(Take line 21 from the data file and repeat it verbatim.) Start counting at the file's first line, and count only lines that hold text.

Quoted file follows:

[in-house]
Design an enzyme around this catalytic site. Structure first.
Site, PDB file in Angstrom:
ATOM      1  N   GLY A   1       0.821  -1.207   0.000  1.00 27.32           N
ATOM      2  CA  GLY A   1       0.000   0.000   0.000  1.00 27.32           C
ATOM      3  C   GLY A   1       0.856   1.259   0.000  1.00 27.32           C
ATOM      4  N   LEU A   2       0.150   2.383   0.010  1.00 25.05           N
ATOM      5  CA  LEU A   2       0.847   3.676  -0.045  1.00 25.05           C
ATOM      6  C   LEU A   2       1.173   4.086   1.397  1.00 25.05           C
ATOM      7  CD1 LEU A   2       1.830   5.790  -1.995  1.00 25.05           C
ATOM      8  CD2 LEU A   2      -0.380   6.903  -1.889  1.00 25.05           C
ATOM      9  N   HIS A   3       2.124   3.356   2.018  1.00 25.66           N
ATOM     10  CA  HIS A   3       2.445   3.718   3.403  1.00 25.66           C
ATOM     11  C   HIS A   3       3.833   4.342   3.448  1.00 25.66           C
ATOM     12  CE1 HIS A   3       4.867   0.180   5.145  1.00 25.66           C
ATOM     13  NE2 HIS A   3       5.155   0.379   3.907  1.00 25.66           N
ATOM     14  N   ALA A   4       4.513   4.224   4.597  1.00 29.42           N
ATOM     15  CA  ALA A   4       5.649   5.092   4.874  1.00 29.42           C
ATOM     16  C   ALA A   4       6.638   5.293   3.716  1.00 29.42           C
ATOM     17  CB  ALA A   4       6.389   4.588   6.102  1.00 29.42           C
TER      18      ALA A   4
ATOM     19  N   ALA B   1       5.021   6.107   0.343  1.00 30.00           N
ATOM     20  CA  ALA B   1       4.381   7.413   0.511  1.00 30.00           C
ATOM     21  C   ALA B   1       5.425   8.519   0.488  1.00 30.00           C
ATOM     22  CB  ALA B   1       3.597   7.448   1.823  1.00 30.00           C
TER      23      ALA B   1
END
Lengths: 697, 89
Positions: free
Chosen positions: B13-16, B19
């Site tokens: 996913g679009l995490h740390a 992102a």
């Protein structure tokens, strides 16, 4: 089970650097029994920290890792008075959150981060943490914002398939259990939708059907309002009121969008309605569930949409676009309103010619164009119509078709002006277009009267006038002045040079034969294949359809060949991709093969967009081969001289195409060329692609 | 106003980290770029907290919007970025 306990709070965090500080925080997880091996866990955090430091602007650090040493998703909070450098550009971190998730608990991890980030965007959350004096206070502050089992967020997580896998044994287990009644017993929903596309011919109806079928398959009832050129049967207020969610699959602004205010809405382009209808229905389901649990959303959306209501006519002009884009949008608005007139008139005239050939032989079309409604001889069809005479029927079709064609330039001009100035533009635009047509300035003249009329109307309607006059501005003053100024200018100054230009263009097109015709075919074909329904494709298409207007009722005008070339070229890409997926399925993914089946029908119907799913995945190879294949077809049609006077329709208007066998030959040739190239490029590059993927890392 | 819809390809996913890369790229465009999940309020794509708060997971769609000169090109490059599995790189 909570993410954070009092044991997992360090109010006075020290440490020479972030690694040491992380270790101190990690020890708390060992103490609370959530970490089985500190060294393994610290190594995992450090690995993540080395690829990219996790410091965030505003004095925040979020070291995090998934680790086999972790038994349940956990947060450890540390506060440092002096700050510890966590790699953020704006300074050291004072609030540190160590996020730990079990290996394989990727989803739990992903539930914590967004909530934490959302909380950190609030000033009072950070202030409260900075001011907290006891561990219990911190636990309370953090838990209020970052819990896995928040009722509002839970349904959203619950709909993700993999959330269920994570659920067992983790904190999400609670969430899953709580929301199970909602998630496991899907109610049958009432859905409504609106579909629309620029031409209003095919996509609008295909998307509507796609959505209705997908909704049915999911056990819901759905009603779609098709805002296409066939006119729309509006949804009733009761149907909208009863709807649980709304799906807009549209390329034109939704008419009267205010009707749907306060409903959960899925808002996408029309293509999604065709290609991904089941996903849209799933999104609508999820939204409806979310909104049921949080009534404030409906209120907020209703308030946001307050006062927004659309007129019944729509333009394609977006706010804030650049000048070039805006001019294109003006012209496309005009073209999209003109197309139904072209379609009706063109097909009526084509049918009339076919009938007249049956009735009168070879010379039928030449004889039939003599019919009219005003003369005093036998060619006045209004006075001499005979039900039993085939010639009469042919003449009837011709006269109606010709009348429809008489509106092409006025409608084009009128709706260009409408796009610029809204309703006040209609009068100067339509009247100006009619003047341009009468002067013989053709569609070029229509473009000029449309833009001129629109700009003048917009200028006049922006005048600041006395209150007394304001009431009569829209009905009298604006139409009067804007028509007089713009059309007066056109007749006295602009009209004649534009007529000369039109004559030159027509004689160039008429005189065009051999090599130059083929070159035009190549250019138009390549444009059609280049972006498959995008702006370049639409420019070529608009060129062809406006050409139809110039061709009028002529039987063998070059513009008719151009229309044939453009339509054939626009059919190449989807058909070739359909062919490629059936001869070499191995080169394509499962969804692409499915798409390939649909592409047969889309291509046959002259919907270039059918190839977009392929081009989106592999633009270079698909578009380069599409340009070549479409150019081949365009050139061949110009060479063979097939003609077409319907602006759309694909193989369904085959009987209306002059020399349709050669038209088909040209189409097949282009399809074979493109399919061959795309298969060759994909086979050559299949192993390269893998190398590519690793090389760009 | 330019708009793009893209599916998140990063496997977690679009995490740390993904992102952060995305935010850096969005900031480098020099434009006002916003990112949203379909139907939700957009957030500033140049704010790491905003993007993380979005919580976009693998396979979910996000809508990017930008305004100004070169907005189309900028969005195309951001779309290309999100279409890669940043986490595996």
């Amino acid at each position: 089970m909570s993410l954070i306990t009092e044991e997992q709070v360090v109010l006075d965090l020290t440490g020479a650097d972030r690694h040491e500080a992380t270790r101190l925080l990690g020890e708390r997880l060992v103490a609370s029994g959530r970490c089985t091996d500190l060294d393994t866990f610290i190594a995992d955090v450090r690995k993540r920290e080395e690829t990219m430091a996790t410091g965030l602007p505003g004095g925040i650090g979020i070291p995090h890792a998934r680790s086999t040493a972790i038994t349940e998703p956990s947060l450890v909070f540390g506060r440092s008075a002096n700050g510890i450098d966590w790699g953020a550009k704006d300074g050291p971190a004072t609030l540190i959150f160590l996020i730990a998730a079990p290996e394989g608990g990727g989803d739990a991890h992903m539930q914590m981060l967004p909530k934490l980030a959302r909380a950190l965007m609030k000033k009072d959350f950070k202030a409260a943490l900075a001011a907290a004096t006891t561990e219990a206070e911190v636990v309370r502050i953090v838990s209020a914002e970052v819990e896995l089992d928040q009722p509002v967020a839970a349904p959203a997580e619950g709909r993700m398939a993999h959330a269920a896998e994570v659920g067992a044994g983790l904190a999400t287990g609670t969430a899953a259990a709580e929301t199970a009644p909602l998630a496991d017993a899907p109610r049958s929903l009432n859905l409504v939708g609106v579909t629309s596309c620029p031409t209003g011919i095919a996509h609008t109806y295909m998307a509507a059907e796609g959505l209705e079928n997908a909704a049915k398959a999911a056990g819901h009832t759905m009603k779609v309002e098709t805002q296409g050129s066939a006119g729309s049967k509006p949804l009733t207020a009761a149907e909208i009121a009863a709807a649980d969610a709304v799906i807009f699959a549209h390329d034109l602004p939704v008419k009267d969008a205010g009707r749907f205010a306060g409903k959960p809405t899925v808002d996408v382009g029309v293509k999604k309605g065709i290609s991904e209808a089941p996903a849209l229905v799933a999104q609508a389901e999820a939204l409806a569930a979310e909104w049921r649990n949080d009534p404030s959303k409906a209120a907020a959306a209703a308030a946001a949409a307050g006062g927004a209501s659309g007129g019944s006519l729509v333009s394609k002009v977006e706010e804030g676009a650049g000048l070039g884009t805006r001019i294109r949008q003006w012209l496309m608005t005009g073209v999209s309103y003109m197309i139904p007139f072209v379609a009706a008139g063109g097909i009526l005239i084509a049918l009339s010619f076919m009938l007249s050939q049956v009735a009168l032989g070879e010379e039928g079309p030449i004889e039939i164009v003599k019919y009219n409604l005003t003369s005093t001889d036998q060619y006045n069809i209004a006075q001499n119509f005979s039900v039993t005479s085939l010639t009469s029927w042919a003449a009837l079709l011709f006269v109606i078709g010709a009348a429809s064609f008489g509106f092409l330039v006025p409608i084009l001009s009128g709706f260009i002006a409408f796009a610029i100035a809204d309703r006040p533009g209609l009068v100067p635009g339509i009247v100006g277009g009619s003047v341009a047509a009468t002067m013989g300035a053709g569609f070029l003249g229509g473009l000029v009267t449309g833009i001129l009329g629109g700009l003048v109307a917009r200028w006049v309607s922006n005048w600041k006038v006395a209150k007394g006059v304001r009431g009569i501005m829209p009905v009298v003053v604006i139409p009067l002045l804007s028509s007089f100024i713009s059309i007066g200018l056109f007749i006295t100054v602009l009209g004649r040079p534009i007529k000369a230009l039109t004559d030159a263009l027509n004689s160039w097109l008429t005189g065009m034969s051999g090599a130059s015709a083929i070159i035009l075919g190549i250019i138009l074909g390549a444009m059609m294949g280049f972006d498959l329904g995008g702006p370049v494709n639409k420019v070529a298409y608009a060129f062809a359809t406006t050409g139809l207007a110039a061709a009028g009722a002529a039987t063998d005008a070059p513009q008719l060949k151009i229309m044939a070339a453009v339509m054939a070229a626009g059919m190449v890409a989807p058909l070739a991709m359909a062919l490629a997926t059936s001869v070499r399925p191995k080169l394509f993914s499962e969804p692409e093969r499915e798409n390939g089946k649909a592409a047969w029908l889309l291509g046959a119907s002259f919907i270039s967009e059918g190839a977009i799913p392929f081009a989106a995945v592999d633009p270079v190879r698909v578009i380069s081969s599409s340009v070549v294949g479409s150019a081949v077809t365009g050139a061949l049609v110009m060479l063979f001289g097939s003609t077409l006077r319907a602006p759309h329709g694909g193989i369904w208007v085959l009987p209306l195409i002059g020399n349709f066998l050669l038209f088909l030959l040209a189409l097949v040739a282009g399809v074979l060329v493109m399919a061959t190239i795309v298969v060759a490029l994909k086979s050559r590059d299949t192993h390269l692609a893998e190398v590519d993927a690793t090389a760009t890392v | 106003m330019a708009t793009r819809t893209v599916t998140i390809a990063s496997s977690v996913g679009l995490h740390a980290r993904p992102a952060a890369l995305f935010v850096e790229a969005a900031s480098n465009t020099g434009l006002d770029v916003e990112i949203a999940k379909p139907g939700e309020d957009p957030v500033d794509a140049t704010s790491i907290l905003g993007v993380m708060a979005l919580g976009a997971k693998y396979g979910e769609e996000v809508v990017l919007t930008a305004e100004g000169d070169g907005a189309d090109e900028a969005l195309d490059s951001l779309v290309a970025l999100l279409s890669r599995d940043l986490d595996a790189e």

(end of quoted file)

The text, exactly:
TER      18      ALA A   4